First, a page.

I smiled. Well, at least one thing was going to go right tonight.

The two cops stopped to talk to one of the uniformed officers who was taking witness statements. He pointed at the riverboat, so the two of them walked up the gangplank. One of Kincaid’s giants stopped them at the top, but the female cop showed him her badge and he let them board. She stood by the railing, scanning the deck, the people on it, and the body lying in the middle of everything.

Her gaze landed on Sophia, and she did a double take before her eyes met mine. Her lips quirked up into sort of a rueful smile, but her expression was warm as she walked over to me.

“Gin,” she said. “I didn’t expect to find you here tonight.”

“You know me, baby sister,” I drawled. “Always in the thick of things.”

Detective Bria Coolidge scoffed a little at that; then she turned and called out to her partner. “Xavier, look who we have here.”

The giant was talking to one of Kincaid’s men, and he waved at Bria, letting her know that he’d seen me and Sophia. He also gave me a wink, which I returned. Xavier was more than just Bria’s partner on the force—he was a friend and part of my extended family.

“Was the dead guy gunning for you?” Bria asked in a soft voice, nodding at the body.

I shook my head. “Nope, this is someone else’s handiwork tonight. You know I don’t like to stick around after the fact—or leave behind any bodies for the cops to find.”

A grimace crossed her face before she was able to hide it. Despite the fact that Bria knew I was an assassin, she was still a cop at heart—one of the few good, honest ones in Ashland. She spent most of her days chasing after all the bad folks who called the city home. Having one of them for a sister was hard on her sometimes, especially these days, when most everyone walking in the shady side of Ashland life suspected who I was.

“Tell me what happened.”

I laid it out for her. The only thing I didn’t mention was that Salina appeared to be the murderous elemental in question and that Kincaid wanted to hire me to kill her. I wanted to talk to Owen about Salina—and a lot of other things—before I dropped the dime on that.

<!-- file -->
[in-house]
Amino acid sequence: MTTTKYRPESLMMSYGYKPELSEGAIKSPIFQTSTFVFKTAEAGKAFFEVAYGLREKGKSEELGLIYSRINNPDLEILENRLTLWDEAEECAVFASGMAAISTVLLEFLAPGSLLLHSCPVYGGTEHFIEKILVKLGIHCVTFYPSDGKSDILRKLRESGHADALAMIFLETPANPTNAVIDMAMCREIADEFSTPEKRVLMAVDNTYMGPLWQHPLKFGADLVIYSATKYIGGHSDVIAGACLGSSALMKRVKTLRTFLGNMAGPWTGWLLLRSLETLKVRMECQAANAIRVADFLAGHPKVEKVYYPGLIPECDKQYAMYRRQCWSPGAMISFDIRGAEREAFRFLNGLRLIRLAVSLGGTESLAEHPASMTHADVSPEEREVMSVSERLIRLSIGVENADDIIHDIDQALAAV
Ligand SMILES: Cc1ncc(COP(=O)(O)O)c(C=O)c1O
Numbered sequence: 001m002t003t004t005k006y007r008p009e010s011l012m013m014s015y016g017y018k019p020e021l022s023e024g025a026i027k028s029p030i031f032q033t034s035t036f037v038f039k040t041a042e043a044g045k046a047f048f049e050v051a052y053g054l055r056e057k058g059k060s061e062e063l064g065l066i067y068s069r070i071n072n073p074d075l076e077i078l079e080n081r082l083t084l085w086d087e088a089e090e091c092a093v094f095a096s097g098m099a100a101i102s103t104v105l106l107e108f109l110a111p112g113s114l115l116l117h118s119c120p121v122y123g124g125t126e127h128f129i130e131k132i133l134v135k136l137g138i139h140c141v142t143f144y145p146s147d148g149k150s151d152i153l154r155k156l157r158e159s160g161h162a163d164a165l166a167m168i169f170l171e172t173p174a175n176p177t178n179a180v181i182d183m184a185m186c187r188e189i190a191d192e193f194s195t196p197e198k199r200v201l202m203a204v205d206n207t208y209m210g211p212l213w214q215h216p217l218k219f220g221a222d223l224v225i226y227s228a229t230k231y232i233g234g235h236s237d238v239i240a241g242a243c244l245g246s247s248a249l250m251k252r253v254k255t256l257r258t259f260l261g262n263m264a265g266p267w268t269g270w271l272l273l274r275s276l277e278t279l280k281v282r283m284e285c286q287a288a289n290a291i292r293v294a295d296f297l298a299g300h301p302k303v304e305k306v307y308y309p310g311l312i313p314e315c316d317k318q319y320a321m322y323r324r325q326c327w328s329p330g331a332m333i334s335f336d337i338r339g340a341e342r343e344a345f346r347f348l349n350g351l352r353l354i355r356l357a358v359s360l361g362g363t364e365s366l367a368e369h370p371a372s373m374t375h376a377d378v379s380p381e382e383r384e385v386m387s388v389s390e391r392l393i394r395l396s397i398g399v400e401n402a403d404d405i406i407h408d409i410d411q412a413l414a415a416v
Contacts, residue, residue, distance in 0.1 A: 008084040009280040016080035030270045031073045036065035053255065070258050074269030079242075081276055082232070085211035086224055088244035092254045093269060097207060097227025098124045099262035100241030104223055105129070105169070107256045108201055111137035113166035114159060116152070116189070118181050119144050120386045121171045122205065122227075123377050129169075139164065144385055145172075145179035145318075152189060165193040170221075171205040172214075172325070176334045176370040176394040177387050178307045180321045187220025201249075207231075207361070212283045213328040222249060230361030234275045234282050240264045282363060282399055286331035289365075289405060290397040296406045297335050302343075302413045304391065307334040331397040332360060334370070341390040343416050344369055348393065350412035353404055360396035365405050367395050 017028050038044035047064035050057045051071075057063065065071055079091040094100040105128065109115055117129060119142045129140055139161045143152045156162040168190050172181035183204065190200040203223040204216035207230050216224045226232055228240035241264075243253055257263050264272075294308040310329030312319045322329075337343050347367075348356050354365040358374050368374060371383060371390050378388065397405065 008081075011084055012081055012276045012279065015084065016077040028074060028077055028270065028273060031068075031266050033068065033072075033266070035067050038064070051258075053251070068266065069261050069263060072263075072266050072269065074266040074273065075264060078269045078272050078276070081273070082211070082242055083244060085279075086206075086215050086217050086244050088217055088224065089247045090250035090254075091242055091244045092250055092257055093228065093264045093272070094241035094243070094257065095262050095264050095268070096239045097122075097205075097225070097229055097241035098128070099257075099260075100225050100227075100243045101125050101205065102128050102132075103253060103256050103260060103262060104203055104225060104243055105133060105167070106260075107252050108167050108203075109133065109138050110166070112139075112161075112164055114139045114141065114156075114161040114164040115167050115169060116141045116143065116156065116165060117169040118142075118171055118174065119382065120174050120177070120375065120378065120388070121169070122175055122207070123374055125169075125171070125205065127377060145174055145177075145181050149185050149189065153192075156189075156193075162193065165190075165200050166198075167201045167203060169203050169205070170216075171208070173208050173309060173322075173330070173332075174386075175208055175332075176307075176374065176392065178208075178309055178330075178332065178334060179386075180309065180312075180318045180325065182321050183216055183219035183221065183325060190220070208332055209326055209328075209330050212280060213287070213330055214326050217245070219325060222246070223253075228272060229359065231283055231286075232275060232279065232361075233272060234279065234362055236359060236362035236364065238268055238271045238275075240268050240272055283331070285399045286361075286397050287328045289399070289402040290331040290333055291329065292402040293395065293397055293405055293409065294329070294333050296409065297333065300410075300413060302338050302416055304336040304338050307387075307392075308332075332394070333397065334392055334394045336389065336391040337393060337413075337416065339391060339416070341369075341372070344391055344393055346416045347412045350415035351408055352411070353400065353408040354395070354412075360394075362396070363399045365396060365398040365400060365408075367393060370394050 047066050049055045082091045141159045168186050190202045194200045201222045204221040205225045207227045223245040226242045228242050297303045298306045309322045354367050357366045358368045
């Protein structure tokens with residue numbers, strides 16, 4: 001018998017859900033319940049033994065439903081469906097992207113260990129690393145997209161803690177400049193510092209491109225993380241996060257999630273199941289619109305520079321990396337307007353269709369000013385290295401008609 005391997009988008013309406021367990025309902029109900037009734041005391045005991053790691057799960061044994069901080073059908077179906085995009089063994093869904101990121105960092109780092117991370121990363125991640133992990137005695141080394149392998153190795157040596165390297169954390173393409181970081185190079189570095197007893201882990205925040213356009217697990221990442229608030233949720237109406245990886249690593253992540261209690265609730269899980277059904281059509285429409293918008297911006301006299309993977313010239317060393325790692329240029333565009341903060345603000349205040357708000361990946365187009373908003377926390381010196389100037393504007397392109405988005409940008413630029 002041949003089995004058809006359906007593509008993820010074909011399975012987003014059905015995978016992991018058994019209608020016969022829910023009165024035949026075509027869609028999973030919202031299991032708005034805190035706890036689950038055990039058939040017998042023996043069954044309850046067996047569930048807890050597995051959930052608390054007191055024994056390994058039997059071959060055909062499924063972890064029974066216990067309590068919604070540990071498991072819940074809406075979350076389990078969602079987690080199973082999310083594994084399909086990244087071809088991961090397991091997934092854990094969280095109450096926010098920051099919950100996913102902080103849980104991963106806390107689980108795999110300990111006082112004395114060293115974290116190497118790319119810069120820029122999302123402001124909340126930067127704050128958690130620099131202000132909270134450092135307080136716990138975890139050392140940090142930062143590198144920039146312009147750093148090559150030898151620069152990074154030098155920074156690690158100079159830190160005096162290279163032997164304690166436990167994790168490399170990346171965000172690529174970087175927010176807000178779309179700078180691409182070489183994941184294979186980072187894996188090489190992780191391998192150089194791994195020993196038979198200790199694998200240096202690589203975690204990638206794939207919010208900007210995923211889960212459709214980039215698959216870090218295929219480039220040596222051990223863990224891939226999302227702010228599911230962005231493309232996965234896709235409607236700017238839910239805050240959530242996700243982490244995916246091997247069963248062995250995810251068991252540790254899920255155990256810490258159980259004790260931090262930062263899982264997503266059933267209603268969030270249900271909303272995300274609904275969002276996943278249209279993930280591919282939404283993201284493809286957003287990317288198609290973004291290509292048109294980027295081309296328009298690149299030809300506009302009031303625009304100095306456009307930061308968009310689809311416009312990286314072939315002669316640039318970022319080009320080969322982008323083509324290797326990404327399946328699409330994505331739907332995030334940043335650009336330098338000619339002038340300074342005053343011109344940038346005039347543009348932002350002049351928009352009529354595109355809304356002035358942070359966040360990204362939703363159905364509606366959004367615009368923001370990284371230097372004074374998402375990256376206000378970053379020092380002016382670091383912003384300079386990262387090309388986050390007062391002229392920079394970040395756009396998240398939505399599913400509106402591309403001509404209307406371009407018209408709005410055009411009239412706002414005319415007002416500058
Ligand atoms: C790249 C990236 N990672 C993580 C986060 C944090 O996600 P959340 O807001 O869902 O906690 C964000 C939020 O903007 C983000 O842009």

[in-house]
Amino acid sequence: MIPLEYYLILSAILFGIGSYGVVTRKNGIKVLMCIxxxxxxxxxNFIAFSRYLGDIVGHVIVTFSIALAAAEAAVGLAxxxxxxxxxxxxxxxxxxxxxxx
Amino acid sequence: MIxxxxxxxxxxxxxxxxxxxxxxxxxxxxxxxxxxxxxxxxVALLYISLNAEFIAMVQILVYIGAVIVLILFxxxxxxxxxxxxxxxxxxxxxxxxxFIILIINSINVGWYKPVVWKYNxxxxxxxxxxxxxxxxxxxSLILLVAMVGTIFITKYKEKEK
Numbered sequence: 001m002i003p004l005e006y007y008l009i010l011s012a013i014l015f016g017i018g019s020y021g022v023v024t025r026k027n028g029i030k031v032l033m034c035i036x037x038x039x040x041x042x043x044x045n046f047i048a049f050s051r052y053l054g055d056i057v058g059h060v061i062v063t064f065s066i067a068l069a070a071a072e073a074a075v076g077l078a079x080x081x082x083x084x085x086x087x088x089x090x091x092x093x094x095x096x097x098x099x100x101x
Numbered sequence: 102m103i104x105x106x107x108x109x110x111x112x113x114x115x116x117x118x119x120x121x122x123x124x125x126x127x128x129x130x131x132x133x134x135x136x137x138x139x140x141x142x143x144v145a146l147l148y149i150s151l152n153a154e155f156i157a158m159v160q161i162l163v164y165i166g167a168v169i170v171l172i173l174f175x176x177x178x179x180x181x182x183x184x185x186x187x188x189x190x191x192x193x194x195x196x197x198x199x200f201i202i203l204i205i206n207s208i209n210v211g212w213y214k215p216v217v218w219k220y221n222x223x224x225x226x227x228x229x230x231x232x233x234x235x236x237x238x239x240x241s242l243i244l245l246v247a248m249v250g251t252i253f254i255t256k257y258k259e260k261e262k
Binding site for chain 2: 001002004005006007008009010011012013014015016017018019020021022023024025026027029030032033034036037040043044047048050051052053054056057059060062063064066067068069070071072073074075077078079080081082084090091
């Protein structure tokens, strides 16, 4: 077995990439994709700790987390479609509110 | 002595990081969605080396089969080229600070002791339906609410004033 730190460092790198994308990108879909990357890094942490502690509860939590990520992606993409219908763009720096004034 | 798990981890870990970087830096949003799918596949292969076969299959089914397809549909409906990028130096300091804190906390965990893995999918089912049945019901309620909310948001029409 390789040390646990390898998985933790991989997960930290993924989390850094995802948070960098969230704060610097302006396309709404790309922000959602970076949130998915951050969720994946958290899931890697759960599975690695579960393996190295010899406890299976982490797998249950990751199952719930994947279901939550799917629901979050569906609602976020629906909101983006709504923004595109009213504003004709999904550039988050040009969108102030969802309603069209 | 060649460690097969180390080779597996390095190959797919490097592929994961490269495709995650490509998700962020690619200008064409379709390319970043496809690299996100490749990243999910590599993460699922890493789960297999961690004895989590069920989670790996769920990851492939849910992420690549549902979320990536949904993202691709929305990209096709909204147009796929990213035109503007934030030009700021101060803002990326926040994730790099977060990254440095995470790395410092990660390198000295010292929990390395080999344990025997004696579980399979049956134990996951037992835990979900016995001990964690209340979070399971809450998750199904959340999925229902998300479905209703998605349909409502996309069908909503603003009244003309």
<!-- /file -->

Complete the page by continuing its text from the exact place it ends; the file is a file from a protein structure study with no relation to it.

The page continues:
While Bria took notes on a small pad, Xavier crouched down next to the body, pulled up the tablecloth, and peered underneath.

The giant let out a low whistle. “That is one nasty mess. Did you say a water elemental did this?”

Something in his voice made me frown. “Yeah. Why?”

Xavier waved his hand at Bria. “Come take a look at this.”

My sister moved over, and Xavier raised up the tablecloth again so she could see Antonio’s body. Bria’s face tightened, and she nodded at the giant.

“It looks exactly the same as our other victim,” she said.

My eyes narrowed. “What other victim?”

“Katarina Arkadi,” Bria replied. “I’m sure you know the name.”

Oh, I knew the name all right. Katarina Arkadi was another one of the underworld movers and shakers, someone who was trying to consolidate her power base of late. If the rumors were to be believed, Arkadi had actually proposed some sort of cease-fire in the city until everything could be divided up between all the folks who had a seat at the table.

I glanced at Kincaid. Another rumor that Finn had told me about linked Arkadi with the casino boss in some hush-hush deal. I’d heard Arkadi had been found dead, but I’d been so preoccupied with Owen and Salina, and now Kincaid, that I hadn’t really paid too much attention to the news stories surrounding her untimely demise.

“Arkadi’s been dead how long now?” I asked, working through the timeline in my mind. “A week?”

“Four days,” Bria corrected me. “Her maid came into her room to clean Sunday morning and found her in bed. Coroner said it looked like she’d died of sudden, extreme dehydration, like all the water had somehow been pulled out of her body. She was a mess, just like this giant is.”

I looked at her. “You don’t believe in coincidences any more than I do.”

She gave me a grim smile. “Not in the least. Not in Ashland.”

Bria nodded at Eva, who was still standing with Violet and Sophia. “You want to tell me what Owen’s sister is doing here? And Violet along with her?”

I shook my head. “I know why Eva says she’s here, but not the real reason why. But believe me when I tell you I’m going to find out.”

“Well, fill me in when you get your answers,” Bria said. “I’ll have enough problems dealing with Kincaid. You wouldn’t want to do me a favor and . . . motivate him to cooperate, would you?”

I grinned at her. “You’re getting rather violent in your old age, baby sister. Last year, you never would have even suggested something like that.”

She grinned back at me. “What is it that Finn says? Violence seems to run in our family? Might as well use what we seem to be so good at to get some results, especially when I’ve got two dead bodies to explain to my boss.”